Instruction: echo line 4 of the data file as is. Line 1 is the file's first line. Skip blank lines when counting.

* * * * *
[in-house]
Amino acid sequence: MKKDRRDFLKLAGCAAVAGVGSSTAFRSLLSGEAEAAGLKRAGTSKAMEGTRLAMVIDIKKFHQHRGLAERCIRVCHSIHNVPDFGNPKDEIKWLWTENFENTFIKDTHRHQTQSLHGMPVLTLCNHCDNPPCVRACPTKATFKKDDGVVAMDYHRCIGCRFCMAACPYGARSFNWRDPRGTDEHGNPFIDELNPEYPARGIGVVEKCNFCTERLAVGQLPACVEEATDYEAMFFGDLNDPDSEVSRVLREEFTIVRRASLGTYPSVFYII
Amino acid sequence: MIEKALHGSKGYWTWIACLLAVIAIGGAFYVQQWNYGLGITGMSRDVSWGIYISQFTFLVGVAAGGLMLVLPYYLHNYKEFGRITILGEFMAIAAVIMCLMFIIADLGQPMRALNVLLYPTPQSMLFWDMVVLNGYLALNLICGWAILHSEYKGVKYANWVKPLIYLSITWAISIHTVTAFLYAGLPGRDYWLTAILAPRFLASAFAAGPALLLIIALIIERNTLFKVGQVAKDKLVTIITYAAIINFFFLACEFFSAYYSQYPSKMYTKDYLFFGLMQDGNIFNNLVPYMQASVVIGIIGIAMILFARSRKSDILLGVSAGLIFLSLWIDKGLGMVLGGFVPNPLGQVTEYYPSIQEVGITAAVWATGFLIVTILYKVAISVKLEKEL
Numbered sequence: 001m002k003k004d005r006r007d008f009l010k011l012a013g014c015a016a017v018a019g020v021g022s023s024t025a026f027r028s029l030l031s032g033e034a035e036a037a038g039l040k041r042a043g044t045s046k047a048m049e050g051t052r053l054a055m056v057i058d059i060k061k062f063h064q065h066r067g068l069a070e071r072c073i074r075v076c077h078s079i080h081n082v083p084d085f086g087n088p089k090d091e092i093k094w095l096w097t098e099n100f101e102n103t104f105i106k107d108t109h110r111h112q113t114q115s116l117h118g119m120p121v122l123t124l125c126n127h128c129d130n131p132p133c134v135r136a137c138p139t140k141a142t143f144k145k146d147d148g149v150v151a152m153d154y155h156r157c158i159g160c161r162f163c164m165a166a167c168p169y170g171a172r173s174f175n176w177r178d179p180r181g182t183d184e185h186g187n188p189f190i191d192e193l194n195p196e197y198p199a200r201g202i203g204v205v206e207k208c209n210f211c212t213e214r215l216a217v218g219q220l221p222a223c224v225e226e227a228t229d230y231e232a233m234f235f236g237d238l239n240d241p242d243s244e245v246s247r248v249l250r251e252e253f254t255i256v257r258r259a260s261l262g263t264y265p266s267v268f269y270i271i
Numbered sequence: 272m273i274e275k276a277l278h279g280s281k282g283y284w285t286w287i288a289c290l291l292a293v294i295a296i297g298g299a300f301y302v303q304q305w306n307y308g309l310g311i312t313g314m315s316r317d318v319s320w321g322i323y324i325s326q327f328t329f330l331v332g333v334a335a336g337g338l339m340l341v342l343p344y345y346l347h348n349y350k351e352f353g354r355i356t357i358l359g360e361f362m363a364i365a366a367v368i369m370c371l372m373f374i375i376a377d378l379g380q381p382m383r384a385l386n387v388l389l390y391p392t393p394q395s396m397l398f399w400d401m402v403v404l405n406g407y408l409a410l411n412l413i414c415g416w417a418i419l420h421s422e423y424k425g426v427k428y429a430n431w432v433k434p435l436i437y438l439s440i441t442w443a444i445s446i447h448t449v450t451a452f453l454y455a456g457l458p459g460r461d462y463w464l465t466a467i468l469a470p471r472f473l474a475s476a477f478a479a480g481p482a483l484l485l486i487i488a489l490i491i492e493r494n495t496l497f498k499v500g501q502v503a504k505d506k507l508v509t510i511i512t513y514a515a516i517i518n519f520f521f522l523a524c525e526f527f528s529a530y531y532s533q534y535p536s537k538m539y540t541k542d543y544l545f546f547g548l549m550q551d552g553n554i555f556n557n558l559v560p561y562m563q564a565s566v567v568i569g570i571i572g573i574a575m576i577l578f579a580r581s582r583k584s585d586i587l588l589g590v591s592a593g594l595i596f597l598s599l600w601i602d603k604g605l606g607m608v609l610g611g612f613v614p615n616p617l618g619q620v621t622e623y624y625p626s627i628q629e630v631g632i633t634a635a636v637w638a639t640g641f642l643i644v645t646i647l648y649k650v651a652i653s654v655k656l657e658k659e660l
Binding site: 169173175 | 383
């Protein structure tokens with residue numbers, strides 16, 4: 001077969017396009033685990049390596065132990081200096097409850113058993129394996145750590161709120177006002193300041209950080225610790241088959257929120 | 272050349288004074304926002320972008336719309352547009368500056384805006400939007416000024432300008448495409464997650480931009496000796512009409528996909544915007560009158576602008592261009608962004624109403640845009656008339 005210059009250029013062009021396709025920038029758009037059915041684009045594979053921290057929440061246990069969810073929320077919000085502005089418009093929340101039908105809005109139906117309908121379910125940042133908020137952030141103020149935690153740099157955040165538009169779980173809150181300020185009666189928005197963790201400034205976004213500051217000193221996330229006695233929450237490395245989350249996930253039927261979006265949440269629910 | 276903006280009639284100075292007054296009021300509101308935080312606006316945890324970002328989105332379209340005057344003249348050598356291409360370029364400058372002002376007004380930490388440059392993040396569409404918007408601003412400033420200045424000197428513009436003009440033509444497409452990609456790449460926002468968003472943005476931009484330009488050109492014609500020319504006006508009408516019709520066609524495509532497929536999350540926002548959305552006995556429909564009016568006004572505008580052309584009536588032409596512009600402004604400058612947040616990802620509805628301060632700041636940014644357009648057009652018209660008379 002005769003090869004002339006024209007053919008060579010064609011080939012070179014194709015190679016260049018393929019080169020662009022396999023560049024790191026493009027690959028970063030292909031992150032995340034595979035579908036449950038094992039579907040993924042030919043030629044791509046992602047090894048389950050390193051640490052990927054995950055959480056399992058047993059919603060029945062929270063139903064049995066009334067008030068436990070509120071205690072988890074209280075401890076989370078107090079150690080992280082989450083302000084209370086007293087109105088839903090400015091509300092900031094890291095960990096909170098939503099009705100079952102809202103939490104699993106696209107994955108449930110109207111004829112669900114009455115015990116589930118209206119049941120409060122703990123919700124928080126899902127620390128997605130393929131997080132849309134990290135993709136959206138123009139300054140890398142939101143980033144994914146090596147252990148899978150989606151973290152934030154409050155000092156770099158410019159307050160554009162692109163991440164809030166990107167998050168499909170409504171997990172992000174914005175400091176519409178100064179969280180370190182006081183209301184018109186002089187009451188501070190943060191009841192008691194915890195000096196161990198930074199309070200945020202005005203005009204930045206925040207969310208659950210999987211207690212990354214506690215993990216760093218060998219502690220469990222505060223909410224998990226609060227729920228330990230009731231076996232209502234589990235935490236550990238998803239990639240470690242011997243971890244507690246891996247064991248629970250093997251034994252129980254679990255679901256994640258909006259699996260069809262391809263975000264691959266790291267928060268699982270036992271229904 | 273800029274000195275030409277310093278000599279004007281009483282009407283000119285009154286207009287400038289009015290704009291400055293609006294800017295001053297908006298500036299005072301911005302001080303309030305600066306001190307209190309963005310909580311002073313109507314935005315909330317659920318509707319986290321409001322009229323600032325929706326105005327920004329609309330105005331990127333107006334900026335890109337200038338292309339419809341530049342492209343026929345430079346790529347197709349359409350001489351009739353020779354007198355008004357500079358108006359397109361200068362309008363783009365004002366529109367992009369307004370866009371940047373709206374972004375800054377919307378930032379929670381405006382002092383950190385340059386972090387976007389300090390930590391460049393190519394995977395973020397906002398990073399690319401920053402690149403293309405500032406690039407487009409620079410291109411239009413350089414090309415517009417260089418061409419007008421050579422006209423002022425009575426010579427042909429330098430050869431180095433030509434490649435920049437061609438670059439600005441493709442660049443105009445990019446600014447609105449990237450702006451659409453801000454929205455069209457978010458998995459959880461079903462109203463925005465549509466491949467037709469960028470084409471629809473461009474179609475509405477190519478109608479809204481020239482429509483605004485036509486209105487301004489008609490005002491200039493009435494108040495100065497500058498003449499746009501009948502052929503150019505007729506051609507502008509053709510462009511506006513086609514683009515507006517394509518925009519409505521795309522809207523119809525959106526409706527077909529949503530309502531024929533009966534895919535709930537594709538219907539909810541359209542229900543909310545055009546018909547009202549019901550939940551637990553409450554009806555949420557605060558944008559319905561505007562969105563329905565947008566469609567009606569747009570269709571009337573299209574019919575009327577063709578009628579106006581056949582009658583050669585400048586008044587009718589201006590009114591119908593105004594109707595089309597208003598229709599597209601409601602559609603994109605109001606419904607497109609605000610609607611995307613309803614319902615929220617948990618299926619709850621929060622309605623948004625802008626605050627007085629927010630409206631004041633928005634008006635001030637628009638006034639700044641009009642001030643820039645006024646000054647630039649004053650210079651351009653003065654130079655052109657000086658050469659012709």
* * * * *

Numbered sequence: 001m002k003k004d005r006r007d008f009l010k011l012a013g014c015a016a017v018a019g020v021g022s023s024t025a026f027r028s029l030l031s032g033e034a035e036a037a038g039l040k041r042a043g044t045s046k047a048m049e050g051t052r053l054a055m056v057i058d059i060k061k062f063h064q065h066r067g068l069a070e071r072c073i074r075v076c077h078s079i080h081n082v083p084d085f086g087n088p089k090d091e092i093k094w095l096w097t098e099n100f101e102n103t104f105i106k107d108t109h110r111h112q113t114q115s116l117h118g119m120p121v122l123t124l125c126n127h128c129d130n131p132p133c134v135r136a137c138p139t140k141a142t143f144k145k146d147d148g149v150v151a152m153d154y155h156r157c158i159g160c161r162f163c164m165a166a167c168p169y170g171a172r173s174f175n176w177r178d179p180r181g182t183d184e185h186g187n188p189f190i191d192e193l194n195p196e197y198p199a200r201g202i203g204v205v206e207k208c209n210f211c212t213e214r215l216a217v218g219q220l221p222a223c224v225e226e227a228t229d230y231e232a233m234f235f236g237d238l239n240d241p242d243s244e245v246s247r248v249l250r251e252e253f254t255i256v257r258r259a260s261l262g263t264y265p266s267v268f269y270i271i